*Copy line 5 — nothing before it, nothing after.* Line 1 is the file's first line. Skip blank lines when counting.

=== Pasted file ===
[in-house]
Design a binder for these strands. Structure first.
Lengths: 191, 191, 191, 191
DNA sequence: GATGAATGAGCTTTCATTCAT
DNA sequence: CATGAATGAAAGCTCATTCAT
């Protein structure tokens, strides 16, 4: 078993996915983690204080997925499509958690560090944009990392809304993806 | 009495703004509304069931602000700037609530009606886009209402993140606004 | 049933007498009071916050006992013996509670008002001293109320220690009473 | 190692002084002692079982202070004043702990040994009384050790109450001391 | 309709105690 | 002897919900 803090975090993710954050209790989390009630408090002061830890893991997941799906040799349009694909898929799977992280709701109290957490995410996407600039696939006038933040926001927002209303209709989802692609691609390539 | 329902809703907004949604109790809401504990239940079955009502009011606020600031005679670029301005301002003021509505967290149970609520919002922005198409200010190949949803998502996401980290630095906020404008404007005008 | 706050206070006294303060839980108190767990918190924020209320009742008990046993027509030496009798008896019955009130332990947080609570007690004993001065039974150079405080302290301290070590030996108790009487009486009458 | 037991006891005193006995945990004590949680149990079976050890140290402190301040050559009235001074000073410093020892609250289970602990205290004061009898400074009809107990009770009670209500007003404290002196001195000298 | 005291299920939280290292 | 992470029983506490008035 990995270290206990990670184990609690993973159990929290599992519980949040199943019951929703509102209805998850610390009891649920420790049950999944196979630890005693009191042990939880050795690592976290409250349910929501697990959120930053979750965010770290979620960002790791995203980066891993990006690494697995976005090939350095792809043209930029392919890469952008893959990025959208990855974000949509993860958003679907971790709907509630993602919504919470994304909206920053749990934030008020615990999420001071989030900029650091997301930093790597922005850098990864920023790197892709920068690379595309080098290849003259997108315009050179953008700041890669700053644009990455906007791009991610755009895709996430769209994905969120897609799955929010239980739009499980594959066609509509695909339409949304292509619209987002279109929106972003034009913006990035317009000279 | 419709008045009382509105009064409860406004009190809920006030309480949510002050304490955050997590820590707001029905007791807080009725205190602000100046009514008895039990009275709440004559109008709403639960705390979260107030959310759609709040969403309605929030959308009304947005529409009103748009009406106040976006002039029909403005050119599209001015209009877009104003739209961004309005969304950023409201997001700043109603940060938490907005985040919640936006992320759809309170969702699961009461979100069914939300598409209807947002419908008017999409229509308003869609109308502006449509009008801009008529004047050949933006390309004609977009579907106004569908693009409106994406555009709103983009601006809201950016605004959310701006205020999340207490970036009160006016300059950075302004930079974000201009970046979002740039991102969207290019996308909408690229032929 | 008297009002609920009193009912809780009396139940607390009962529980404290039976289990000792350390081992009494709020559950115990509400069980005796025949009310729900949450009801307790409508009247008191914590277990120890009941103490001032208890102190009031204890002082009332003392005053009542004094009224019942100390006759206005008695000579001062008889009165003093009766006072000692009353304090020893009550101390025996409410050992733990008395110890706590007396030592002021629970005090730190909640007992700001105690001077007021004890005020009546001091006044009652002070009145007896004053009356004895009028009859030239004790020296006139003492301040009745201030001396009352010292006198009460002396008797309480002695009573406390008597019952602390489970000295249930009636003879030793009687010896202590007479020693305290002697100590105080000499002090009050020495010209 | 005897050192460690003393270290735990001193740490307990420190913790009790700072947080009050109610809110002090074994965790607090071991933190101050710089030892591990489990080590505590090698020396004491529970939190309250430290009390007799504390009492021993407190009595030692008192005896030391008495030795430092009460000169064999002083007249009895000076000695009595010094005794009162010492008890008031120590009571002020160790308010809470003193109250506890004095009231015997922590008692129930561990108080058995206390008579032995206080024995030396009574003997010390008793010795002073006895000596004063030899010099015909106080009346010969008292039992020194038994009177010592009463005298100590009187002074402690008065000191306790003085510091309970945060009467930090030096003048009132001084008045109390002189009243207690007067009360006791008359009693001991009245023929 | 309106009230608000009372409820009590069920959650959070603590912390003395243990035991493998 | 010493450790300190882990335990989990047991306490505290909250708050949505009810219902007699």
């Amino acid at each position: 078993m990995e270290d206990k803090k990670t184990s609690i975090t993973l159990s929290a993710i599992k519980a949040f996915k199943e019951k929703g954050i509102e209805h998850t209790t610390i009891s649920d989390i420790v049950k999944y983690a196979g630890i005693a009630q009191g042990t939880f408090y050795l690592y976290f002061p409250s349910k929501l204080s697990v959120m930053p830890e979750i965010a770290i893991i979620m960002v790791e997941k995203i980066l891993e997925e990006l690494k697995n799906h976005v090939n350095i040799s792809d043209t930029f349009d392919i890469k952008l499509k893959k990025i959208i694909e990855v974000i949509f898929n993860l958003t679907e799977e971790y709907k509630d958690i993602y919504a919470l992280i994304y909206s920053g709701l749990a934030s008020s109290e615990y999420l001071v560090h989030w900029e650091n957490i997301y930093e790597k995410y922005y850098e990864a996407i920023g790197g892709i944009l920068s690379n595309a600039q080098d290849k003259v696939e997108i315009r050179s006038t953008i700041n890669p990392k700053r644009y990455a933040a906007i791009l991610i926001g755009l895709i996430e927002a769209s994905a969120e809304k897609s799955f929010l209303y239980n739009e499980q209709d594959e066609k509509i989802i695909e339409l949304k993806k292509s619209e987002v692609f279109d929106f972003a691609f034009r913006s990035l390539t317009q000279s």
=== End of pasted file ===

DNA sequence: CATGAATGAAAGCTCATTCAT